The transition from the independent Shimer College to the Shimer Great Books School at North Central College entails a switch from semesters to quarters — meaning that my summer break is approximately a month longer than usual. Between my work on Neoliberalism’s Demons (which is nearly complete at this point) and my faculty seminar on “The Verbal Art of Plato” (which will be taking place at the Center for Hellenic Studies in Washington, D.C., next week), I have done about as much as I could realistically expect to do in an average summer. Early August would normally be the time when my thoughts would turn more toward classes, faculty meetings, etc., but this year that stuff won’t be happening until September.
I suppose that I could have expanded my work to fill the time available, but instead I have effectively pulled a Cool Hand Luke and cleared out a space of freedom for myself. I’d like to use this time for something very different from what I’ve been doing recently, to get some rest and work out some different parts of my brain. I’ve thought of various reading projects, but what most appeals to me right now is finally getting a start on learning to read biblical Hebrew. I haven’t done a new language since Italian, and Hebrew is of course very different from the European languages I’ve tackled so far — fulfilling my variety criterion. I bought all the necessary books the summer before I started at Shimer, but never got much further than starting to memorize the alphabet. I could make it through at least a good chunk of the grammar book in August, and since my classes don’t start until noon for the fall term, I could likely spend an hour or so most mornings finishing up the grammar and starting to stumble through Genesis. People recommended that I learn Hebrew as a way to warm up for Arabic, and if I keep at it semi-consistently over the next academic year, maybe I could get a start on classical Arabic next summer. And with whatever time is left over, I could do some undirected reading and/or rewatch Star Trek for the hundredth time.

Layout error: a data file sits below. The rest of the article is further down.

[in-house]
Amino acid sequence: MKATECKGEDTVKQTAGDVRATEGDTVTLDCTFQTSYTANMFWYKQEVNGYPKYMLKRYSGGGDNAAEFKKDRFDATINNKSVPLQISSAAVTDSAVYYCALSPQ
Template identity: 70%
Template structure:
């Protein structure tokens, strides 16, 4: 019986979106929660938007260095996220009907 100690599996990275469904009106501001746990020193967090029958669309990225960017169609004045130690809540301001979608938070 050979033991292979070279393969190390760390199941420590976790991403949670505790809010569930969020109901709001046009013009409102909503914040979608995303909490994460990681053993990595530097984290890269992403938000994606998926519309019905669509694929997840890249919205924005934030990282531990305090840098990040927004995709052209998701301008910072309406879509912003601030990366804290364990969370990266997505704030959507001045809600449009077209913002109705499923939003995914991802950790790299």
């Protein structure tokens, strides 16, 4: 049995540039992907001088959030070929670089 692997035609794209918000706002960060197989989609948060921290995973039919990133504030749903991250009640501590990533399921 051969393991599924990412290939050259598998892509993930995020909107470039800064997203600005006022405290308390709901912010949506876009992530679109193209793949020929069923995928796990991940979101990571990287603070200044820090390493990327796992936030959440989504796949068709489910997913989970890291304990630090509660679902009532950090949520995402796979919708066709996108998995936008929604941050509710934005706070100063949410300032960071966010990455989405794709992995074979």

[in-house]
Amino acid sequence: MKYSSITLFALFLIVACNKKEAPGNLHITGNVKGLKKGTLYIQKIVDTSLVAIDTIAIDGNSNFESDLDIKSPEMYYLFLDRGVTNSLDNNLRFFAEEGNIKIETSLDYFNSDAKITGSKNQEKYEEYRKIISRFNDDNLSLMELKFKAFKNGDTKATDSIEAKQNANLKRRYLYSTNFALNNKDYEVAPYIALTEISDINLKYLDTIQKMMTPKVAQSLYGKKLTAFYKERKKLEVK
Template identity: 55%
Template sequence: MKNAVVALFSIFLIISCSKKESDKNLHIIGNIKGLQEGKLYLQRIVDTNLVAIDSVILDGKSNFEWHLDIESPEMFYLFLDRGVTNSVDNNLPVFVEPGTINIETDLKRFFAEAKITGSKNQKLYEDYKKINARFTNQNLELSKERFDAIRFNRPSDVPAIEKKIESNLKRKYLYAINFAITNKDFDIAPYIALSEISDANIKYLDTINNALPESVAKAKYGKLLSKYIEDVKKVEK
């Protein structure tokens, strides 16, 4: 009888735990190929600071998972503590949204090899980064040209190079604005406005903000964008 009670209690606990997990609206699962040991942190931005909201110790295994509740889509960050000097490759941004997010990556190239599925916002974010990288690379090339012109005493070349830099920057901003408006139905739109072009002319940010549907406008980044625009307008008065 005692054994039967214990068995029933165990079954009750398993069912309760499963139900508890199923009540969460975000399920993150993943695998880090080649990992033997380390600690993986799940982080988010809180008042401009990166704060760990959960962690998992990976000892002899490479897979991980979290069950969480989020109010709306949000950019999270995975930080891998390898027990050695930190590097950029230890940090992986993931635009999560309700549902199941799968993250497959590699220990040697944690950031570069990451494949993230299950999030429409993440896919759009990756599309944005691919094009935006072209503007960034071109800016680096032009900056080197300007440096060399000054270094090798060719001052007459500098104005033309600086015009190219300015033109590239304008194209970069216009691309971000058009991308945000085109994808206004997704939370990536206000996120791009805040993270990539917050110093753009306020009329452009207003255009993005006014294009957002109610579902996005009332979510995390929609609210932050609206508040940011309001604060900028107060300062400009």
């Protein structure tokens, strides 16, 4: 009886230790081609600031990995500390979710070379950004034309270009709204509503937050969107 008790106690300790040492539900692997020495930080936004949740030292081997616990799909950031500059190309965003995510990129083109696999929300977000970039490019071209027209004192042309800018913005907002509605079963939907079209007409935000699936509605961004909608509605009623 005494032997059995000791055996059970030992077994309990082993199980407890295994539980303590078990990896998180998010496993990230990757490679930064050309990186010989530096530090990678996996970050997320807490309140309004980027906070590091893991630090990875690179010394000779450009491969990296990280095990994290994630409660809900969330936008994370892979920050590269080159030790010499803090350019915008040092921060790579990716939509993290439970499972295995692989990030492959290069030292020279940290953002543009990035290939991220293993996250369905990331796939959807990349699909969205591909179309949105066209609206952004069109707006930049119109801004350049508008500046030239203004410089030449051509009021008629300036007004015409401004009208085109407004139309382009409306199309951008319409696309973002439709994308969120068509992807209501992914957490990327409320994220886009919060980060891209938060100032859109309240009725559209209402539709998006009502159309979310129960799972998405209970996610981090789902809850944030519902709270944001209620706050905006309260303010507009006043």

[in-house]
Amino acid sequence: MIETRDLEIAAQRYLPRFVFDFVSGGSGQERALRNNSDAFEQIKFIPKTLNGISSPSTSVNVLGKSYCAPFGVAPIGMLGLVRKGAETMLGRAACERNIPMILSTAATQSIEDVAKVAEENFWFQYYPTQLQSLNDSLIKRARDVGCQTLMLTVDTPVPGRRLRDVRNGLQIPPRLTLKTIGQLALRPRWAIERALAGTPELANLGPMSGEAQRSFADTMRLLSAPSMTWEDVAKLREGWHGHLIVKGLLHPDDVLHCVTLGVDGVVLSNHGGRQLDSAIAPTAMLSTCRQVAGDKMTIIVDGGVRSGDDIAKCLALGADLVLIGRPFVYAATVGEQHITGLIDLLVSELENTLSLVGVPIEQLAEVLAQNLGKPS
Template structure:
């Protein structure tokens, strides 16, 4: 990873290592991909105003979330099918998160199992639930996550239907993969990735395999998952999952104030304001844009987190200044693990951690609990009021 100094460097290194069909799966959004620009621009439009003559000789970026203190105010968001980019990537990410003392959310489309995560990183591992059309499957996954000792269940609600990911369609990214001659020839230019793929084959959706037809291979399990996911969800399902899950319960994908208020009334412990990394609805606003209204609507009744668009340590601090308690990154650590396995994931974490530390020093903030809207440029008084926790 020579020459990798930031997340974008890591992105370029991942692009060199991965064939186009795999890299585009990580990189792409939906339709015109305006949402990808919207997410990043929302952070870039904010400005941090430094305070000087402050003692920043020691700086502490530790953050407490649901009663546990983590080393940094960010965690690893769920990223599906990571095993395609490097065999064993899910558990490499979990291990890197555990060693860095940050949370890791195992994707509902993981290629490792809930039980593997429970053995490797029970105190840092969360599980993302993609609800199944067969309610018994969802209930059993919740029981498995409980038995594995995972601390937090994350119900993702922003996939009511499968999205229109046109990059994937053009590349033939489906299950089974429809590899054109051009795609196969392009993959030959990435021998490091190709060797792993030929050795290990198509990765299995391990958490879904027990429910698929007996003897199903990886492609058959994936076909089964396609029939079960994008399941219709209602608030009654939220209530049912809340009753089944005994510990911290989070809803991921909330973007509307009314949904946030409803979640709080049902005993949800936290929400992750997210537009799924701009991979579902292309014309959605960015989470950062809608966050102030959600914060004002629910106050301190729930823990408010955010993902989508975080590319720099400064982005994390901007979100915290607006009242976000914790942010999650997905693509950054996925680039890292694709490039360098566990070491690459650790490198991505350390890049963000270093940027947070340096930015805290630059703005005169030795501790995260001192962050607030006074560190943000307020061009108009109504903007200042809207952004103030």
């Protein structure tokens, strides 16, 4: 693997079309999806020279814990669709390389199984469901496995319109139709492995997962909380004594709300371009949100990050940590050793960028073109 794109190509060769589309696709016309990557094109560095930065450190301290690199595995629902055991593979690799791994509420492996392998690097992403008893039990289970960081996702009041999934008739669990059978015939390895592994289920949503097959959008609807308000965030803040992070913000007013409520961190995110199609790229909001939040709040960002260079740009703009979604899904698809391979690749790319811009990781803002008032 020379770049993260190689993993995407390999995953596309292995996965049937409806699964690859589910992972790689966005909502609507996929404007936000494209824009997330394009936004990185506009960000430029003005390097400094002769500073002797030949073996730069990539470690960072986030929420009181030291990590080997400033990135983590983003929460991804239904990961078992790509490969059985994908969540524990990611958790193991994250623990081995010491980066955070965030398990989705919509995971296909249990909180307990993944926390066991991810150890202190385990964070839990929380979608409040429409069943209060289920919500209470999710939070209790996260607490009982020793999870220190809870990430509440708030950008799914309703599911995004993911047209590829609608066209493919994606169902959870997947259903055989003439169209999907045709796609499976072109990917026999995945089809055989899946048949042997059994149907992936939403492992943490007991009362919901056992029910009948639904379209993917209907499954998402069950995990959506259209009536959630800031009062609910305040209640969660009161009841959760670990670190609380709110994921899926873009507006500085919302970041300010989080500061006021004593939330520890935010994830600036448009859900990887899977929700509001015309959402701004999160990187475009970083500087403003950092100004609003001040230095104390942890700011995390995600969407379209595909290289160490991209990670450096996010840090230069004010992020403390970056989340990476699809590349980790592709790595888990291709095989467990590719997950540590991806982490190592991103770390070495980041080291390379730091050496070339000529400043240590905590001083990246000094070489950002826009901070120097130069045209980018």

What do you think? What would you do if you had a block of time like this? What would you consider a change of pace or recharging type of activity?
4 thoughts on “Summer: Phase 2”
What do you consider “all the necessary books” to learn Hebrew? I have been in the slow process of trying to learn as well but feel like there are better resources than what I am using.
Reliable sources pointed me toward Seow’s grammar, Halladay’s lexicon, and the standard Stuttgart text of the HB.
No matter what I’m preparing for (this year a new fall class on Bonhoeffer) I see the summer as a delicious time to do something EMBODIED- ride my bike, motorcycle, collude with the Mrs. Engaging with nature also realigns the gears of my thinking. Maybe keep some vocal words in your pocket while wandering about?
Make that VOCAB!
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